“I’m in heaven,
I’ve got scars that can’t be seen
I’ve got drama, can’t be stolen
Everybody knows me now.”
This week, on his sixty-ninth birthday, David Bowie released Blackstar or ★. His twenty-fifth and final album, the track Lazarus was released back on December 17. It opens with the above lyrics.
David Bowie died today. The Thin White Duke has finally given way to an eighteen-month battle with cancer. The news has had a monumental effect on the music industry, greater society, and everything he’s released in the past eighteen months – no less the aforementioned lyrics, which have now taken on a haunting new meaning, given that Bowie knew this would be his final album and his final ever single. Lastly, it’s had an effect on me.
To learn about Bowie’s influence on music in general, simply turn to Wikipedia or your nearest newspaper. The following obituary looks at how Bowie impacted me, specifically. In turn, I hope – nay, know – that many of you will have experienced something similar, be it Bowie or another artist. It’s moments like this that make us realise how important music is to us. As an editor, the end game is not the clicks, or the dollars, or the high profile interviews. It’s about the music. And David Bowie’s death has reminded me of that.
David Bowie was one of the first artists I was properly introduced to at eleven or twelve years old. It was, of course, the song Space Oddity, as well as the album Ziggy Stardust And The Spiders From Mars. At the time I wasn’t sure what to think of this strange content. As a typical girl growing up in the nineties, I loved the Spice Girls and Backstreet Boys. Then, when I began “properly” discovering music, it was Silverchair, Nirvana, Deftones, Rolling Stones, The Velvet Underground, Black Sabbath – and David Bowie. To date, I’ve owned four copies of Ziggy Stardust, and at least two each of David Bowie, Diamond Dogs and Aladdin Sane, purely because I scratched them by listening too much.
Listening to Bowie was one of the first times that I discovered how much music can have an impact on you personally. The lyrics spoke to me. And realising this music had been recorded thirty years before I was born only strengthened the impact. The crazy, science fiction, futuristic lyrics about tall, short, fat, skinny people, and spiders from Mars, about making love with an ego, and moonage daydreams. I had no idea what half of it meant, but it spoke to me.
Much to the dismay of my mum and dad, twelve-year-old Lauren spent pretty much all of her batmitzvah money on a second hand Fender Stratocaster: black with a white pick guard, just like what Jimi Hendrix played. Ziggy Stardust was the third song I ever learnt (after Californication and Little Wing.)
In 2004, my dad took me to see David Bowie on his Reality tour. It was Bowie’s first Australian tour since 1987 and our first show together; it was also the first time live music ever made me cry.
A few years later, I was in eleventh grade. I wrote an essay about the impact of music. I focused on two songs: Radiohead’s Pyramid Song and David Bowie’s Five Years. To this day I have had to skip that track in company because it makes me weep. Today, I’m letting the tears flow.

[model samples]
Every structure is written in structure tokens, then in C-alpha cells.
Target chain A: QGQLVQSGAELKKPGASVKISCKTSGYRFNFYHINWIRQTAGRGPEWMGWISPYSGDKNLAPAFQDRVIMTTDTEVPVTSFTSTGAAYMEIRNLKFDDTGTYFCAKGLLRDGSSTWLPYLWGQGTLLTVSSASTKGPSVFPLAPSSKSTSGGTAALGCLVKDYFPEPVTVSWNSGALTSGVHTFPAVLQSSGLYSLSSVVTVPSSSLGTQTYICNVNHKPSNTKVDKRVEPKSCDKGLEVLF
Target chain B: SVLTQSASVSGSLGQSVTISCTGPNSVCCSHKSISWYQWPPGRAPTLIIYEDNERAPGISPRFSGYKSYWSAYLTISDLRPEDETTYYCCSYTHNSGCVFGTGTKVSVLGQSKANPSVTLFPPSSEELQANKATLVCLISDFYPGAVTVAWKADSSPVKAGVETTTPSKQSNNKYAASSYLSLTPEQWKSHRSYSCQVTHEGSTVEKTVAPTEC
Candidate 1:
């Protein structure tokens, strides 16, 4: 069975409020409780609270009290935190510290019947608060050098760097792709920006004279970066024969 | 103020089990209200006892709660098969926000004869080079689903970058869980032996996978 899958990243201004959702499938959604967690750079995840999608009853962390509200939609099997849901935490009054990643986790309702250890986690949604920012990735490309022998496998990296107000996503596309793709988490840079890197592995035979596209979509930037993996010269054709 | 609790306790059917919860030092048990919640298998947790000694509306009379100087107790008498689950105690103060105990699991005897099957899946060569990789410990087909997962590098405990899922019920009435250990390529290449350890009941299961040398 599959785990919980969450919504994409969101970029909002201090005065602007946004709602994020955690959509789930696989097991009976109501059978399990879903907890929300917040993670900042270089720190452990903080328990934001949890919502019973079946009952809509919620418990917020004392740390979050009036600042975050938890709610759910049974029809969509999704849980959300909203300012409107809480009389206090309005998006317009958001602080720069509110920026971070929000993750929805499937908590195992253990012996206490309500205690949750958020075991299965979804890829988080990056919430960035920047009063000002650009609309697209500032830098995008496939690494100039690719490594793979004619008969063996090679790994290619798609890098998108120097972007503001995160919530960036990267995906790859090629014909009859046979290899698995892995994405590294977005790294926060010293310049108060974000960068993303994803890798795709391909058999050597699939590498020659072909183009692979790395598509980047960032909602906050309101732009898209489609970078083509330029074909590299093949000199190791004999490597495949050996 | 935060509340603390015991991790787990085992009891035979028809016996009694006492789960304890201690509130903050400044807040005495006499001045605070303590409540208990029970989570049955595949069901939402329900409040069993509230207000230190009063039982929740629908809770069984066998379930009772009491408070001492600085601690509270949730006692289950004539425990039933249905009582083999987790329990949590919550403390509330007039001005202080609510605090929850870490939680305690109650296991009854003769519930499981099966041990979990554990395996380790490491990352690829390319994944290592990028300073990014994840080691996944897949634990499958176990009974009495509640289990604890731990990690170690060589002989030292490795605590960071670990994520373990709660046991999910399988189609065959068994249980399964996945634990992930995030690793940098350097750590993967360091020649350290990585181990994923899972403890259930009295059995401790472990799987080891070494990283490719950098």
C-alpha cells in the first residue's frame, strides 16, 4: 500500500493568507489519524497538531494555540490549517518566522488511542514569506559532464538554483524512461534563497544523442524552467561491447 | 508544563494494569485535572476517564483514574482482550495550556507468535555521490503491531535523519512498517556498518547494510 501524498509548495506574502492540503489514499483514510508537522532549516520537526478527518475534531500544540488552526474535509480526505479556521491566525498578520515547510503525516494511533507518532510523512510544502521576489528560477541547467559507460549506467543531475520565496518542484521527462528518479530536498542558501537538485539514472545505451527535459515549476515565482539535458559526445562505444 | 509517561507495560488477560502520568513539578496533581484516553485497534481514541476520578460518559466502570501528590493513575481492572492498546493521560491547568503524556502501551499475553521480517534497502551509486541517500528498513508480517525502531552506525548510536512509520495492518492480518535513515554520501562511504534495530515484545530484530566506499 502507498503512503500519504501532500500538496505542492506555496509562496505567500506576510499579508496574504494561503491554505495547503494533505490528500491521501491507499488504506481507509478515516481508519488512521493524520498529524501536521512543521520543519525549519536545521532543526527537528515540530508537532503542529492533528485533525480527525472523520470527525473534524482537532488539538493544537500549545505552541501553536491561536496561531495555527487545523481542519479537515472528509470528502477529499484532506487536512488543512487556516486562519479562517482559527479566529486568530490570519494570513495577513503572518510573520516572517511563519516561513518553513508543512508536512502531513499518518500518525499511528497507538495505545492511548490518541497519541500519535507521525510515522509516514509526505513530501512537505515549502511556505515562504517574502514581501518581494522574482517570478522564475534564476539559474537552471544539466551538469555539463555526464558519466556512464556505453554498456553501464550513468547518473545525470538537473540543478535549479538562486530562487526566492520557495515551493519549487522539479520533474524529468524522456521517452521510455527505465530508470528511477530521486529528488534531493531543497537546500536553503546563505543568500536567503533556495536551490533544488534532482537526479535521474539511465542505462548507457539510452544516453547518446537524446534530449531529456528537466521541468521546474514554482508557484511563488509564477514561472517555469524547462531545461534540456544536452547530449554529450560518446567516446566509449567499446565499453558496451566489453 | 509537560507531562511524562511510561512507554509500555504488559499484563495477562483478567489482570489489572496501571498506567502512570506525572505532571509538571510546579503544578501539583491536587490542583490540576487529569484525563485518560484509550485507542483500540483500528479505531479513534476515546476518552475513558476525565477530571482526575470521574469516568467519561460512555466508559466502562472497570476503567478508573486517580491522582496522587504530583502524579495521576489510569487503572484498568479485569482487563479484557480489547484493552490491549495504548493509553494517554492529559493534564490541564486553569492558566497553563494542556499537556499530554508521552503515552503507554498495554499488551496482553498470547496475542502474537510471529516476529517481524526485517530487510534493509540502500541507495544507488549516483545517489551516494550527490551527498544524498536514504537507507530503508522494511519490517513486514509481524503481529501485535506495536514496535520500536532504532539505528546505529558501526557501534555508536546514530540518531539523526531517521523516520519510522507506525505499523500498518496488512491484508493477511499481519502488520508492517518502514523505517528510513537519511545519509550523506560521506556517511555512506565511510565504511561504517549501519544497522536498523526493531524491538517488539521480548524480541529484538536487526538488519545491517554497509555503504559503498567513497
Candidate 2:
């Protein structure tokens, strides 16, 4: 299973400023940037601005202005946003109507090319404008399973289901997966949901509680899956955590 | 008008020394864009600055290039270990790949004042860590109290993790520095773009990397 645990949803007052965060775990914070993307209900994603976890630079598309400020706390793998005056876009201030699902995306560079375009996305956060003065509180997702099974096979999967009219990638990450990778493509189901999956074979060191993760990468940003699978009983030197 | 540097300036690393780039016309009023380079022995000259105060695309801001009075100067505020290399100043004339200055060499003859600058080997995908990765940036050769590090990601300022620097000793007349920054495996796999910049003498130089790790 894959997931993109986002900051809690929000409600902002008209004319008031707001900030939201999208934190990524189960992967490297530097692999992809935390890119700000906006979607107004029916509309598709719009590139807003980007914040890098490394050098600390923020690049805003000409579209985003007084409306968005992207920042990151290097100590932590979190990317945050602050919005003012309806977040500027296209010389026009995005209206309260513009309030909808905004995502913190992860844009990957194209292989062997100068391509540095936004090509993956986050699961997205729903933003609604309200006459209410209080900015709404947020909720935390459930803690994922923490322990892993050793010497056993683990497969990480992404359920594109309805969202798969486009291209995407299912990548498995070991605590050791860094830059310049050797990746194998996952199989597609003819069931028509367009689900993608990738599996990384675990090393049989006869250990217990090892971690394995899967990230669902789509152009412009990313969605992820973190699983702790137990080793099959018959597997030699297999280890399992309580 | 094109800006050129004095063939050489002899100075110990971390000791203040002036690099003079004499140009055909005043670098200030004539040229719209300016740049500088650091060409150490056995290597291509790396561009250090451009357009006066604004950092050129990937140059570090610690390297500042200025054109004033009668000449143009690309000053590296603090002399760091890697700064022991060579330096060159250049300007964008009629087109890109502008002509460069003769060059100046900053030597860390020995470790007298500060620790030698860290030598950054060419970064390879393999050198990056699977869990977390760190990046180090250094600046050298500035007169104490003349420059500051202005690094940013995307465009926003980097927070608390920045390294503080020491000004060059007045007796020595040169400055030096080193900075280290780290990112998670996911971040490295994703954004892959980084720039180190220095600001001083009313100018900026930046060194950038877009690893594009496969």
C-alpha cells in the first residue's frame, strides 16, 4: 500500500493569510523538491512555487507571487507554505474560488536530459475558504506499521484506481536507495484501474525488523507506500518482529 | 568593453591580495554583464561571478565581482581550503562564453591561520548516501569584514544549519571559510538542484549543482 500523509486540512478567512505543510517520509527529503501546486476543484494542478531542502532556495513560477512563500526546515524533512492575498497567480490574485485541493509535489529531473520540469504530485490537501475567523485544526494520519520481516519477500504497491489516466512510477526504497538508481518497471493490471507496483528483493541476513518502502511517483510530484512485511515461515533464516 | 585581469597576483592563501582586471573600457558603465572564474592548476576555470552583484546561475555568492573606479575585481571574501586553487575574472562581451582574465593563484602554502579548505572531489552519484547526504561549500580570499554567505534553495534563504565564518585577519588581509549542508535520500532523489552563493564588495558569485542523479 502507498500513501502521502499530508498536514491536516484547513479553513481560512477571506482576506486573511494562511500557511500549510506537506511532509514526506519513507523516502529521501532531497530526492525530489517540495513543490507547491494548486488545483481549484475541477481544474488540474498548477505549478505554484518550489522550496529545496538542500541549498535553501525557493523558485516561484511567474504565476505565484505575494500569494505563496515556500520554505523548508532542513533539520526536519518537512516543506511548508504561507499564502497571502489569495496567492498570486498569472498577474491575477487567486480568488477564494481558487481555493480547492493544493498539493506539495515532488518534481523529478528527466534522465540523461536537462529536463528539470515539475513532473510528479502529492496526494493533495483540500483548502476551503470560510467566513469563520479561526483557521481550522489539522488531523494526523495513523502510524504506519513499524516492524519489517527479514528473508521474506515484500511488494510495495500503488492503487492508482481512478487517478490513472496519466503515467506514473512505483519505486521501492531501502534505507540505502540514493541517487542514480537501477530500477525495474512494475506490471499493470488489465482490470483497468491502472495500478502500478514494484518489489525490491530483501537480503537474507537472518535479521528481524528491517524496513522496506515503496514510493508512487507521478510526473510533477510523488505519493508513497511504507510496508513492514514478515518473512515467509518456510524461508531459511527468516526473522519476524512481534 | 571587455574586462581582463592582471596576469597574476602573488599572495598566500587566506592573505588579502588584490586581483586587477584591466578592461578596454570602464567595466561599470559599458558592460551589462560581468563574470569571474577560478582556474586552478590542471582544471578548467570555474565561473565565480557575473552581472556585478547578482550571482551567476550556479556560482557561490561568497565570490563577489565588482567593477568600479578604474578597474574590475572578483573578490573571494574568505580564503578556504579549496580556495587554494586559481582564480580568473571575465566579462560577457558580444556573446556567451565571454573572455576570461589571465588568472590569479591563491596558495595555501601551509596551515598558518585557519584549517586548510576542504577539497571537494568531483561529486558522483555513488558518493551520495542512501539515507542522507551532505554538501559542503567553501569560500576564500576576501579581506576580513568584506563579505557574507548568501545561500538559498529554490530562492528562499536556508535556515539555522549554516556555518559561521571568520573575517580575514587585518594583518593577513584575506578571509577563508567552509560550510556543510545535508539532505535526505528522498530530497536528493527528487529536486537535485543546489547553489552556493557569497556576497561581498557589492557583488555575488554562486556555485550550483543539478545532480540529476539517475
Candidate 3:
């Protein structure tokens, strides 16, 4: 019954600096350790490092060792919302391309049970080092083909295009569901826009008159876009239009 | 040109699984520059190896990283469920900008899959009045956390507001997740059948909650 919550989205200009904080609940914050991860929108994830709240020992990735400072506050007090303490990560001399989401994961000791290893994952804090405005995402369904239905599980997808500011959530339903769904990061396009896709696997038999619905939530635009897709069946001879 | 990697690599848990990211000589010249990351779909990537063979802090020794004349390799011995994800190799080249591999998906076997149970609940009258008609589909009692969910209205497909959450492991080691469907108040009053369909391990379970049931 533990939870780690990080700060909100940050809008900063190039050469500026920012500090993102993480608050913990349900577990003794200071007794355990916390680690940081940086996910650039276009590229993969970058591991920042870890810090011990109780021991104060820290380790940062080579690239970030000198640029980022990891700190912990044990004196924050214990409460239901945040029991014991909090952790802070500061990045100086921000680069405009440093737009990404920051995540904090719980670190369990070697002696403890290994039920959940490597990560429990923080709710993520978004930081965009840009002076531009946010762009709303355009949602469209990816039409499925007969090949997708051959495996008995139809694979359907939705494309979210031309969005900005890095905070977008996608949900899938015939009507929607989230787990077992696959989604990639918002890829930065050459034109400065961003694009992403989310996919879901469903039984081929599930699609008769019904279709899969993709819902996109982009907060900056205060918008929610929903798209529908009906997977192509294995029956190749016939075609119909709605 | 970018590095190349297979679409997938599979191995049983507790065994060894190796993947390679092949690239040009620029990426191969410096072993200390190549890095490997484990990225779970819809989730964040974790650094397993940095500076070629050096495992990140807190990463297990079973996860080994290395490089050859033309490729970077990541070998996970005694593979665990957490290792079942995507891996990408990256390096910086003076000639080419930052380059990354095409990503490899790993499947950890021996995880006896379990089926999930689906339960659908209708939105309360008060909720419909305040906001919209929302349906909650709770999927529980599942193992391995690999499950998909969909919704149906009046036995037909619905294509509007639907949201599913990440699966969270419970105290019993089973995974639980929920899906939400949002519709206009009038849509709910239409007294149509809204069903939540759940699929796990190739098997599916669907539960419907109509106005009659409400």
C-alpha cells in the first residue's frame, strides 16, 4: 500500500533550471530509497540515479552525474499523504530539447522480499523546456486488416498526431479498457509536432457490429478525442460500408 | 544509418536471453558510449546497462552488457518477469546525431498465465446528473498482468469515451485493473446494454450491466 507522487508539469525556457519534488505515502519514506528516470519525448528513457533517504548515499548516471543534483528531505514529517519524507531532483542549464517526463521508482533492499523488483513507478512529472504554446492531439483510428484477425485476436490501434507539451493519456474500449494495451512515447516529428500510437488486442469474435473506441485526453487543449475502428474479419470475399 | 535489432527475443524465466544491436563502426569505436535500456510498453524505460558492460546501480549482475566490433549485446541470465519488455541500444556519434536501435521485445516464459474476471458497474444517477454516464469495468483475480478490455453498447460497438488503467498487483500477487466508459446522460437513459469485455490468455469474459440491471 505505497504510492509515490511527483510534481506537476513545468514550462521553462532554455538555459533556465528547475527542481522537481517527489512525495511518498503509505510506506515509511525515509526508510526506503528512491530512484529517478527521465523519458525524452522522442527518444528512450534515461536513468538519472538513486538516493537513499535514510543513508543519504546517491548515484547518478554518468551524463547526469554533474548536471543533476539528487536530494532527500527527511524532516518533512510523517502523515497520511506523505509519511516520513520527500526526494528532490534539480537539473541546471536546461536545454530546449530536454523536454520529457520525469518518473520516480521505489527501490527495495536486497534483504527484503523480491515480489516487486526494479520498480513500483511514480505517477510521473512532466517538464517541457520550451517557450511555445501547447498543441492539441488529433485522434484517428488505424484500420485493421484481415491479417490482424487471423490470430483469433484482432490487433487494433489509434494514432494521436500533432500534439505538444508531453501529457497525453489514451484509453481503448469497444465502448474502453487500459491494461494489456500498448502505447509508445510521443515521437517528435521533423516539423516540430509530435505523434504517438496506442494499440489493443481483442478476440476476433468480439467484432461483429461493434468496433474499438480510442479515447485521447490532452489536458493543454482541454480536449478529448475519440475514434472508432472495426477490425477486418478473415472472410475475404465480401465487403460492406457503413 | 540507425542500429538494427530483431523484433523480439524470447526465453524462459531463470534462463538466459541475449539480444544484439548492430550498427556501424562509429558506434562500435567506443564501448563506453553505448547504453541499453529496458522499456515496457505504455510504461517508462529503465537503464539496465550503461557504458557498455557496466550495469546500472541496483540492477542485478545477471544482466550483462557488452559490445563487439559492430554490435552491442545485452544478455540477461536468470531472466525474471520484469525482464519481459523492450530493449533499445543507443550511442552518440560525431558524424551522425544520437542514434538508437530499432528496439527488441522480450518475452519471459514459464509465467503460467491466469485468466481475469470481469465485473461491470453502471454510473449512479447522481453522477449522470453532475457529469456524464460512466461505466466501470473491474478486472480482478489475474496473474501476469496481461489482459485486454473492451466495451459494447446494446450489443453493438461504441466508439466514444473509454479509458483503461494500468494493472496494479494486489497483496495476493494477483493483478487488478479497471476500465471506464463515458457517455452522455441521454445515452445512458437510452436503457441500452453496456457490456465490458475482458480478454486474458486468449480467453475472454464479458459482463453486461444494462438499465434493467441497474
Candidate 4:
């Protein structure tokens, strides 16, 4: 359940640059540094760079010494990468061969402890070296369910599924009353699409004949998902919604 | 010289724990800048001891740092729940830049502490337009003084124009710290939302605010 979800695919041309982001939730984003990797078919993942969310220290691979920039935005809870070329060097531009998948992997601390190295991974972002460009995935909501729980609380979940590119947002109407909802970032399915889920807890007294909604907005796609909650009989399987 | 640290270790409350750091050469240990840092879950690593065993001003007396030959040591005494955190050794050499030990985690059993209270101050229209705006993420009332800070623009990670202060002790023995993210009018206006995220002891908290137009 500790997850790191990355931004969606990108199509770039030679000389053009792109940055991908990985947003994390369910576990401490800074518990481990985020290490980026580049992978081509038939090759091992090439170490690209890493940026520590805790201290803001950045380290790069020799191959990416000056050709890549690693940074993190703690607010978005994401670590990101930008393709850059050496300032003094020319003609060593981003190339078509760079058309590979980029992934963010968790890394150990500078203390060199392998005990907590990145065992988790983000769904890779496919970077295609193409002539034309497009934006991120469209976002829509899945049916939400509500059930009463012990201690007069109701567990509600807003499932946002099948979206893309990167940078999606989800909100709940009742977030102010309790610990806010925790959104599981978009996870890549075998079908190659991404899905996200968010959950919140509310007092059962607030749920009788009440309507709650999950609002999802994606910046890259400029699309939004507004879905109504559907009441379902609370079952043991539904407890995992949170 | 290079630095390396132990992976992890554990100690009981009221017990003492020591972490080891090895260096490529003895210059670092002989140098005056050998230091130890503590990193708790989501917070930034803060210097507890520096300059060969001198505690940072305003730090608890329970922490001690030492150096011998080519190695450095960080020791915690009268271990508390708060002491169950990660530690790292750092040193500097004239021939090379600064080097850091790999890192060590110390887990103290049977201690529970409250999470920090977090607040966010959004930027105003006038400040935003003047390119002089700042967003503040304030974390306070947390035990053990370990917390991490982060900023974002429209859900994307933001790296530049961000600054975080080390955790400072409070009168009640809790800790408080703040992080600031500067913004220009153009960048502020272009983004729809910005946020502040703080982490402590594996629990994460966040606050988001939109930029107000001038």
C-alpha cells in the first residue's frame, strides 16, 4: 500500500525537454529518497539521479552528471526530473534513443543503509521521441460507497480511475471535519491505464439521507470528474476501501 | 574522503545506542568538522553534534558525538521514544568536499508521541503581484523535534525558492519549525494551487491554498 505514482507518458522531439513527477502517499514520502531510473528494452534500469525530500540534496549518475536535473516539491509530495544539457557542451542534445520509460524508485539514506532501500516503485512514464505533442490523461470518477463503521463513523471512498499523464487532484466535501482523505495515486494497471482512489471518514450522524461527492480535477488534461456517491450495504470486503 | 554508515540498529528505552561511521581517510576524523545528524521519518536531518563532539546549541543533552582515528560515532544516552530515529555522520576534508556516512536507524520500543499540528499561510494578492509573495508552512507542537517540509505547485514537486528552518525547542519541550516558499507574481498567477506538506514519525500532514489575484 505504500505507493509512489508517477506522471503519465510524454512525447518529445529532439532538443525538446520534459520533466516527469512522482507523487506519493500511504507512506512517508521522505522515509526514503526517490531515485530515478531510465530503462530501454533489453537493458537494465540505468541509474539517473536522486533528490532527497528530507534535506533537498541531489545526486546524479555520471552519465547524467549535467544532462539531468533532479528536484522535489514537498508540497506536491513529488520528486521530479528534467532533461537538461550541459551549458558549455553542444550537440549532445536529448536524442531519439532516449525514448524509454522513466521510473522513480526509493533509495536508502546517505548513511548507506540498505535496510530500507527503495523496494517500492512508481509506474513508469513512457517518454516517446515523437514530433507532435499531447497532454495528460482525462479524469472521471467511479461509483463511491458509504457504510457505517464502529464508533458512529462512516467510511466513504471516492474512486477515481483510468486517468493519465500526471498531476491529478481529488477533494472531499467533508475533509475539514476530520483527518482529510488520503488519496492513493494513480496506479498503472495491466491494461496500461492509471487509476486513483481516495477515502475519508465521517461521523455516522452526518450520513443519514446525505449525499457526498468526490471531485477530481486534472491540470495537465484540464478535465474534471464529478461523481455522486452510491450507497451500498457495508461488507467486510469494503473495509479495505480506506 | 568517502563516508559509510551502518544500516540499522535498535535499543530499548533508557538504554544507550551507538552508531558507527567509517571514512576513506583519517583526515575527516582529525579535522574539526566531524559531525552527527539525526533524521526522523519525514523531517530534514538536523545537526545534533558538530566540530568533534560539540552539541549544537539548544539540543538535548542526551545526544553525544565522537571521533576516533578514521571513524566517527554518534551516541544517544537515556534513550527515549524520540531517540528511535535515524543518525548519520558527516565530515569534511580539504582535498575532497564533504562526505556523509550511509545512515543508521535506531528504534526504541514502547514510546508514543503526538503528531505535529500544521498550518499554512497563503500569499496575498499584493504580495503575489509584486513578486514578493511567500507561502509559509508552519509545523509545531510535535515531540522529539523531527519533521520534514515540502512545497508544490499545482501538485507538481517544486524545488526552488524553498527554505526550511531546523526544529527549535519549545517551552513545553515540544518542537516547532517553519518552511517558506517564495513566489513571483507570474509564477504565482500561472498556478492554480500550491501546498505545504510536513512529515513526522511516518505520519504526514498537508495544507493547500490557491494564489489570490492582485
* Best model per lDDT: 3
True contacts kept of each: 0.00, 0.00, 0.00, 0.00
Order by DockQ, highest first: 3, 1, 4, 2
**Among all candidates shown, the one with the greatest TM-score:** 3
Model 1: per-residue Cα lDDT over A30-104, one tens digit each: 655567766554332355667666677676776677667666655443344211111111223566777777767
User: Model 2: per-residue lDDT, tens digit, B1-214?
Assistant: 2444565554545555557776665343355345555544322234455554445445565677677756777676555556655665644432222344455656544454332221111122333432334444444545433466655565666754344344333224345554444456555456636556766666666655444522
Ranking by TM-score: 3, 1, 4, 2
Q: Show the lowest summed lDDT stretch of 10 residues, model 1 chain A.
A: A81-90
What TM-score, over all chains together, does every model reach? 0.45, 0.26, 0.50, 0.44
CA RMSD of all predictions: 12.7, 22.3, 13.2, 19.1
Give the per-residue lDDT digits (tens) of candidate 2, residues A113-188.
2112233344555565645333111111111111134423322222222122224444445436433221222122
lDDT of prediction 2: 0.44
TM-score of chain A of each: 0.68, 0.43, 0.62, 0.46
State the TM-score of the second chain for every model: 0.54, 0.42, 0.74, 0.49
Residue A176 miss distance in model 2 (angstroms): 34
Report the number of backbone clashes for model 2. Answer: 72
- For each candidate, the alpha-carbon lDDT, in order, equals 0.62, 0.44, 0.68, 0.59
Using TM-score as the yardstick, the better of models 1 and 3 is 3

In my twelfth and final year of high school, my jersey bore the name Stardust, because I, like my dad before me, had earned the nickname “Ziggy,” the result of our surname and our love of Bowie.
That same year I saw the Bowie-and-Iggy-Pop-inspired film Velvet Goldmine, a glamorous take on bisexuality, homosexuality, hedonism and rock ‘n roll. Growing up with a traditional Jewish family, this was the very first time I realised that it was okay to feel what I was feeling.
A few years later, I moved to London. One of the first things I did was embark on a self-directed musical tour, the first stop of which was the back alley where the front cover of Ziggy Stardust was shot. Among other reasons, my move across the seas was prompted by my first collision with depression. Rock N Roll Suicide lamented the death of Ziggy Stardust, but it also professed something I needed to hear at exactly that moment: “You’re not alone.”
In 2013, history was made when astronaut Chris Hadfield recorded a cover of Space Oddity performed from the International Space Station, the very first music video recorded in space. This too made me cry (at this point I should mention that music doesn’t actually make me cry often, Bowie just happens to be a major catalyst,) because a song I’d loved for so long had literally achieved universal recognition.
While I’ve strayed from my rock ‘n roll roots, Bowie has never left me. From the simplest moments, like taking friends on road trips and showing them Suffragette City and Diamond Dogs for the first time, to reconnecting with Ziggy Stardust at 25 years old, to most recently hearing that he’d been inspired by Kendrick Lamar and Death Grips, both Bowie himself and his music have never left my side.
A pioneer, a chameleon, a game-changer, an influence, a legend.
I wouldn’t be here writing about music, if it weren’t for David Bowie.
Many of your favourite musicians wouldn’t be here creating music, if it weren’t for David Bowie.
And the most important thing right now is that he hasn’t just impacted me, but you, too.
Rest in peace.
Image: LA Times